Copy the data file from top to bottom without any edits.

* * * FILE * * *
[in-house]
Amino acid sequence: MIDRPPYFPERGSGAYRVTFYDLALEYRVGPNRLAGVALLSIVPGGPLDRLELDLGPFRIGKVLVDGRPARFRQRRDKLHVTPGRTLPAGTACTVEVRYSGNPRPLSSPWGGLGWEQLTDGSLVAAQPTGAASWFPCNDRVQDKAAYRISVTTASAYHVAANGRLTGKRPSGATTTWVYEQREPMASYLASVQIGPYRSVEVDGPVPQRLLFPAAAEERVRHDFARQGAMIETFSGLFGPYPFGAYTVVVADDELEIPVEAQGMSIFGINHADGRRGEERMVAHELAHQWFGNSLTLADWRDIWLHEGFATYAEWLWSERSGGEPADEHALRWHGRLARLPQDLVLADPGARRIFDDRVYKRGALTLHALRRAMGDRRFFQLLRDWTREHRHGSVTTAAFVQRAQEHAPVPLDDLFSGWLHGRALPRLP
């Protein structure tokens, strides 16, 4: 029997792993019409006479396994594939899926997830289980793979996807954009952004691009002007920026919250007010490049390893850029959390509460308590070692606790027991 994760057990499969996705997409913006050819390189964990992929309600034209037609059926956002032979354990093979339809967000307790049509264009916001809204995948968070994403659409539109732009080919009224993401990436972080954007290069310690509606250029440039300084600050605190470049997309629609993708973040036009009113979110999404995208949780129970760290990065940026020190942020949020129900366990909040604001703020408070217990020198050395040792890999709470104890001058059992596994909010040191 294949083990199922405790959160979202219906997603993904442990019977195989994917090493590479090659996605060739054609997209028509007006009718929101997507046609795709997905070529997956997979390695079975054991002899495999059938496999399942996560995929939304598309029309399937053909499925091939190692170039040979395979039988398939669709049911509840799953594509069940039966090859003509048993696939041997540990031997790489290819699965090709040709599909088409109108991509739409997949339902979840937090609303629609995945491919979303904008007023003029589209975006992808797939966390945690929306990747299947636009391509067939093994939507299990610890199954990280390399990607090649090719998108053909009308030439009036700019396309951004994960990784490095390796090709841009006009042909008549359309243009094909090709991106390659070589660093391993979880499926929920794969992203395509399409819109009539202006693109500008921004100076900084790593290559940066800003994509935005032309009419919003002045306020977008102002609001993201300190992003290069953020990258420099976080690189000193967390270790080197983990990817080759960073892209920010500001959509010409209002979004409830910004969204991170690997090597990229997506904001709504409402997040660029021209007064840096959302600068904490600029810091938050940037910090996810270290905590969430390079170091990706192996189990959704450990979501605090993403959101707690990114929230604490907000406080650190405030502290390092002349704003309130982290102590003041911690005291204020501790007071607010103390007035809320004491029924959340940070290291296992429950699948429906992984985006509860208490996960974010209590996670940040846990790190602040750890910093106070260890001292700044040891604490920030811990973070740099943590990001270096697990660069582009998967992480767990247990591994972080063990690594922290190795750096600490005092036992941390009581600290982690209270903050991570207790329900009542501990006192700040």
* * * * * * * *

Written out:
[in-house]
Amino acid sequence: MIDRPPYFPERGSGAYRVTFYDLALEYRVGPNRLAGVALLSIVPGGPLDRLELDLGPFRIGKVLVDGRPARFRQRRDKLHVTPGRTLPAGTACTVEVRYSGNPRPLSSPWGGLGWEQLTDGSLVAAQPTGAASWFPCNDRVQDKAAYRISVTTASAYHVAANGRLTGKRPSGATTTWVYEQREPMASYLASVQIGPYRSVEVDGPVPQRLLFPAAAEERVRHDFARQGAMIETFSGLFGPYPFGAYTVVVADDELEIPVEAQGMSIFGINHADGRRGEERMVAHELAHQWFGNSLTLADWRDIWLHEGFATYAEWLWSERSGGEPADEHALRWHGRLARLPQDLVLADPGARRIFDDRVYKRGALTLHALRRAMGDRRFFQLLRDWTREHRHGSVTTAAFVQRAQEHAPVPLDDLFSGWLHGRALPRLP
């Protein structure tokens, strides 16, 4: 029997792993019409006479396994594939899926997830289980793979996807954009952004691009002007920026919250007010490049390893850029959390509460308590070692606790027991 994760057990499969996705997409913006050819390189964990992929309600034209037609059926956002032979354990093979339809967000307790049509264009916001809204995948968070994403659409539109732009080919009224993401990436972080954007290069310690509606250029440039300084600050605190470049997309629609993708973040036009009113979110999404995208949780129970760290990065940026020190942020949020129900366990909040604001703020408070217990020198050395040792890999709470104890001058059992596994909010040191 294949083990199922405790959160979202219906997603993904442990019977195989994917090493590479090659996605060739054609997209028509007006009718929101997507046609795709997905070529997956997979390695079975054991002899495999059938496999399942996560995929939304598309029309399937053909499925091939190692170039040979395979039988398939669709049911509840799953594509069940039966090859003509048993696939041997540990031997790489290819699965090709040709599909088409109108991509739409997949339902979840937090609303629609995945491919979303904008007023003029589209975006992808797939966390945690929306990747299947636009391509067939093994939507299990610890199954990280390399990607090649090719998108053909009308030439009036700019396309951004994960990784490095390796090709841009006009042909008549359309243009094909090709991106390659070589660093391993979880499926929920794969992203395509399409819109009539202006693109500008921004100076900084790593290559940066800003994509935005032309009419919003002045306020977008102002609001993201300190992003290069953020990258420099976080690189000193967390270790080197983990990817080759960073892209920010500001959509010409209002979004409830910004969204991170690997090597990229997506904001709504409402997040660029021209007064840096959302600068904490600029810091938050940037910090996810270290905590969430390079170091990706192996189990959704450990979501605090993403959101707690990114929230604490907000406080650190405030502290390092002349704003309130982290102590003041911690005291204020501790007071607010103390007035809320004491029924959340940070290291296992429950699948429906992984985006509860208490996960974010209590996670940040846990790190602040750890910093106070260890001292700044040891604490920030811990973070740099943590990001270096697990660069582009998967992480767990247990591994972080063990690594922290190795750096600490005092036992941390009581600290982690209270903050991570207790329900009542501990006192700040």